25 July 2011

Law Society Approves Practice Guidelines for Family Law

The Law Society of British Columbia has endorsed a package of best practice guidelines (PDF) recommended by its family law task force with much input from a working group established by the Canadian Bar Association British Columbia. The impetus for these guidelines stems from the Family Justice Reform Working Group's 2006 report, A New Justice System for Children and Families (PDF), which recommended that:
"... the Law Society of BC recognize the changing roles and duties of family law lawyers and develop a Code of Practice for Family Lawyers to give guidance in the balancing of a lawyer’s partisan role with the potential harm it may cause to other family members, especially children."
The guidelines are true guidelines, in the sense that they set out practice standards to be aspired toward rather than a compulsory code of conduct, and what's most interesting about them is that they could easily apply to all participants in the justice system, not just lawyers.


1. Lawyers should conduct themselves in a manner that is constructive, respectful and seeks to minimize conflict and should encourage their clients to do likewise. (Lawyers are not obliged to assist persons who are being disrespectful or abusive.)

2. Lawyers should strive to remain objective at all times, and not to over-identify with their clients or be unduly influenced by the emotions of the moment.

3. Lawyers should avoid using inflammatory language in spoken or written communications, and should encourage their clients to do likewise.

4. Lawyers should caution their clients about the limited relevance of allegations or evidence of conduct.

5. Lawyers should avoid actions that have the sole or predominant purpose of hindering, delaying or bullying an opposing party, and should encourage their clients to do likewise.

6. Lawyers cannot participate in, and should caution their clients against, any actions that are dishonest, misleading or undertaken for an improper purpose.

7. Lawyers should keep their clients advised of, and encourage their clients to consider, at all stages of the dispute:
a. the risks and costs of any proposed actions or communications;
b. both short and long term consequences;
c. the consequences for any children involved; and
d. the importance of court orders or agreements.
8. Lawyers should advise their clients that their clients are in a position of trust in relation to their children, and that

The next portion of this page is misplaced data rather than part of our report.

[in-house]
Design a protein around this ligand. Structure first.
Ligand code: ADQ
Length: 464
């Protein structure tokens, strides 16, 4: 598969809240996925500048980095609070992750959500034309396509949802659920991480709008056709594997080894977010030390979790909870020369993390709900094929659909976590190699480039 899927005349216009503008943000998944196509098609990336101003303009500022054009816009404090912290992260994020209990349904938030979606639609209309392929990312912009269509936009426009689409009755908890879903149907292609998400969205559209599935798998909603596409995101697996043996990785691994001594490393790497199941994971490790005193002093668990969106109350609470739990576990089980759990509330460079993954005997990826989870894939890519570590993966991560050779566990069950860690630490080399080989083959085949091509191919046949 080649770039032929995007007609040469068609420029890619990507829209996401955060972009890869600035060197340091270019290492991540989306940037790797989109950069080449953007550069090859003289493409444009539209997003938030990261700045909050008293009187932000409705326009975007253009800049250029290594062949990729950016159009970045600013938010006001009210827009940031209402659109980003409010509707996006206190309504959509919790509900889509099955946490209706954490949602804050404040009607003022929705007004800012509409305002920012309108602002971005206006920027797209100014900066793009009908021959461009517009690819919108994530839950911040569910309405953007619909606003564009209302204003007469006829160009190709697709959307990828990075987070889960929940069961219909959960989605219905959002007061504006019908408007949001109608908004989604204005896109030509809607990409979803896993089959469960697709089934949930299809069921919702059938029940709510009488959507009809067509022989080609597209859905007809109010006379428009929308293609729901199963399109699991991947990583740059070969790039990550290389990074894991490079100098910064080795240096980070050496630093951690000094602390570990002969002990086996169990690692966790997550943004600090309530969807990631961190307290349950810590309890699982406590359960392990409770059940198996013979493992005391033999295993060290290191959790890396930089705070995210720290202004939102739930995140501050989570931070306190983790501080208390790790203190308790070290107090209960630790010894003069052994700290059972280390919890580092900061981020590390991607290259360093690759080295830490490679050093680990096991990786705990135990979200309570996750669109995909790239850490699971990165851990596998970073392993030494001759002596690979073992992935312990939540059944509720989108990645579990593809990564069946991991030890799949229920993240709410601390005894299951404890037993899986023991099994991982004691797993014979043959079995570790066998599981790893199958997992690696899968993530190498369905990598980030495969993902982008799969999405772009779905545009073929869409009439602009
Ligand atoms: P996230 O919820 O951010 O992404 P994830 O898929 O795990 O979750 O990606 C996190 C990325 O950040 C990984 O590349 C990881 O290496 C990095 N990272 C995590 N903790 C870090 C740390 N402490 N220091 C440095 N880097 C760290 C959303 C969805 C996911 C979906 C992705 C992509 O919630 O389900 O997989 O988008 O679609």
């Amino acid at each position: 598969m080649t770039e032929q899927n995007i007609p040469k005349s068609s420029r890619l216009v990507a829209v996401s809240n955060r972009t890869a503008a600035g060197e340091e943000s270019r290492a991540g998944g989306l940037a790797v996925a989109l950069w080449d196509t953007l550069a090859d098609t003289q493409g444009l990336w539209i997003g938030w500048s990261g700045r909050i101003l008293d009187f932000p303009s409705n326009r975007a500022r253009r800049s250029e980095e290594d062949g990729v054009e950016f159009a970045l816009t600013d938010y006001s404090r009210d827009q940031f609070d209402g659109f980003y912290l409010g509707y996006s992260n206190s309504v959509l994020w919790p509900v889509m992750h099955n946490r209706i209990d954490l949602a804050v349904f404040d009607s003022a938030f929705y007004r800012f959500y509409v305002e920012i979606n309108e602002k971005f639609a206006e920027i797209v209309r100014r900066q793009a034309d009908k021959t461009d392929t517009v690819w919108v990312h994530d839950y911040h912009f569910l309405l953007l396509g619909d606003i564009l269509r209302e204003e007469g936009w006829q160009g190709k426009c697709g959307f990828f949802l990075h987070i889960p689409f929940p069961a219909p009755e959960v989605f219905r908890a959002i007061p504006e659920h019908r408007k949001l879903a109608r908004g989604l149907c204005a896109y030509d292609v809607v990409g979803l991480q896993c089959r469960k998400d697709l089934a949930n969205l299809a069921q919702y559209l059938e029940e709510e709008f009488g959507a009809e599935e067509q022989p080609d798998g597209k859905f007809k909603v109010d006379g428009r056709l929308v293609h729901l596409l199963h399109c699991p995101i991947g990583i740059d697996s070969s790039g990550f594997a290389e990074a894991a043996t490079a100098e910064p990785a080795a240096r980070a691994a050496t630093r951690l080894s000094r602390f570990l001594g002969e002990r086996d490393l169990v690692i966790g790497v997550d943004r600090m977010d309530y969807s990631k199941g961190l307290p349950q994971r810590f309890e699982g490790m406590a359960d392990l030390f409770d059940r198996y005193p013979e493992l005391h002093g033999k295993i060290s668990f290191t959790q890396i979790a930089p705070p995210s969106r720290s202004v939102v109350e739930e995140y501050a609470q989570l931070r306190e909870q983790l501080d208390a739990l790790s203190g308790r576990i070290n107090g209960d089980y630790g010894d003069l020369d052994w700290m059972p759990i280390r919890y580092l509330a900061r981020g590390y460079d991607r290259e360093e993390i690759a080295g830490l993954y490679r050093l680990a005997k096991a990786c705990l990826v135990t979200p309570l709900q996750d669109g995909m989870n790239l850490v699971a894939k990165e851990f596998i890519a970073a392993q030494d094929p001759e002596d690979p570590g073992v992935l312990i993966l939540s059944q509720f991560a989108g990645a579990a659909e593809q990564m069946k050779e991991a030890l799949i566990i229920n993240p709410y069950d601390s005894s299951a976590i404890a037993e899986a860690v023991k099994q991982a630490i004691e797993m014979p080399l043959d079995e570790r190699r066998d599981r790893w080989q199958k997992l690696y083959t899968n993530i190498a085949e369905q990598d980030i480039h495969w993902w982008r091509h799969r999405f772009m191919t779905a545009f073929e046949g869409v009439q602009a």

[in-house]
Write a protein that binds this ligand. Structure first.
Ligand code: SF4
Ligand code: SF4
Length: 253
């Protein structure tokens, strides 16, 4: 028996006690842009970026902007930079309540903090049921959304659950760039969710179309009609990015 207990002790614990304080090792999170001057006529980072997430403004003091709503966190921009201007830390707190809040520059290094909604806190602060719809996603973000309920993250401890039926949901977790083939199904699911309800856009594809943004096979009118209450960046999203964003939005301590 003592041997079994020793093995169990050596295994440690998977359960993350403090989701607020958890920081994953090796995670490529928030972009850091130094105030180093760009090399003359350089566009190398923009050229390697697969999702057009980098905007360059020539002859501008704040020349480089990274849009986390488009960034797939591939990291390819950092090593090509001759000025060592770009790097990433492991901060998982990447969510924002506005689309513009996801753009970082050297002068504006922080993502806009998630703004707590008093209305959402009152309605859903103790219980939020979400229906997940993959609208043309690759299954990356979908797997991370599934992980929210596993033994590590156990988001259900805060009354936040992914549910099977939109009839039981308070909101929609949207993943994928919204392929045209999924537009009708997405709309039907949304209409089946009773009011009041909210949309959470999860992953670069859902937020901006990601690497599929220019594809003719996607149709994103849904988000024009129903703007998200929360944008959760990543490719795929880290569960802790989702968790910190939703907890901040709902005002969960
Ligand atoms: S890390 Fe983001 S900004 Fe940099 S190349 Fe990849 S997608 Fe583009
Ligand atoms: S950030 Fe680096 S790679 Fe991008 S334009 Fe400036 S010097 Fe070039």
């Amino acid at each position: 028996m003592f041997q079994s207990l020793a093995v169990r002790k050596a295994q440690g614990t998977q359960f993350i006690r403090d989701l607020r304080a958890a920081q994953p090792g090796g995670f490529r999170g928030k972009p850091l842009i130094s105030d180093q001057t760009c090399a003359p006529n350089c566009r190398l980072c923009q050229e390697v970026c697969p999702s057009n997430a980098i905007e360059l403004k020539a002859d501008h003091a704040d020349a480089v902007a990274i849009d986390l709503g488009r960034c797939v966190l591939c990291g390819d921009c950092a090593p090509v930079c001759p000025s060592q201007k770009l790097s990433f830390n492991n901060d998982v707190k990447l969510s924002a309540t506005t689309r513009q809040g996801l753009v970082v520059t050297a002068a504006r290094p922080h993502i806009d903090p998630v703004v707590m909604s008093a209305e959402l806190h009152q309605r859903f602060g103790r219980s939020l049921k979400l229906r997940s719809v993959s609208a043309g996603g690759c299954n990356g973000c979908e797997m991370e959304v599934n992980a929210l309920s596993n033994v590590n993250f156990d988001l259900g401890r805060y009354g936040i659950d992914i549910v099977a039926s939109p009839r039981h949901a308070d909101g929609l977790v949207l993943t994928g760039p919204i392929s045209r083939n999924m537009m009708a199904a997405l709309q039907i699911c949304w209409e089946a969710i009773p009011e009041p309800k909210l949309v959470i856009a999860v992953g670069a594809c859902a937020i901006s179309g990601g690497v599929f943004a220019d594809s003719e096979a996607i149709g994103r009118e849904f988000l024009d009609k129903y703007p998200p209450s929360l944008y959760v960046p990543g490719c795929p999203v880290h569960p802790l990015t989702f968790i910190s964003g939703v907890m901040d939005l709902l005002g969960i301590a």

a. it is important for the client to put the children’s interests before their own; and
b. failing to do so may have a significant impact on both the children’s wellbeing and the client’s case.
9. Lawyers should advise their clients of and encourage them to consider, at all stages of the dispute, all available and suitable resources for resolving the dispute, in or out of court.

These principles all strike me as reasonable. They reflect how I practice family law and how I would like all lawyers to practice family law.

15 July 2011

Judge Forced to Name Child

The Daily Mail reports that a judge of the Family Court of Australia was put in the unenviable position of having to pick the name of a two year old child whose birth had yet to be registered as a result of her parents' squabble. Apparently, the child's parents split up before the child was born and couldn't agree on what name she should have. The father insisted on calling her by one name - and did - while the mother insisted on calling her by another - and did.

Having been forced to decide the matter, the court acted in the manner of all commonwealth family law courts and resolved the issue through a rigorous application common sense... after the father refused a proposal to simply hyphenate the two names. The court picked the name chosen by the mother as that was the name by which most people knew the child and because the root of the father's opposition to the name lay in his "determination to control the mother and her parenting" rather than some rational objection.

09 July 2011

Prof. Thompson Digests BC Law on Mobility

Important Update: The Family Law Act was introduced on 14 November 2011 and contains a number of provisions which are critical to the comments made in this post. See my post "Family Law Act Introduced!" for more information.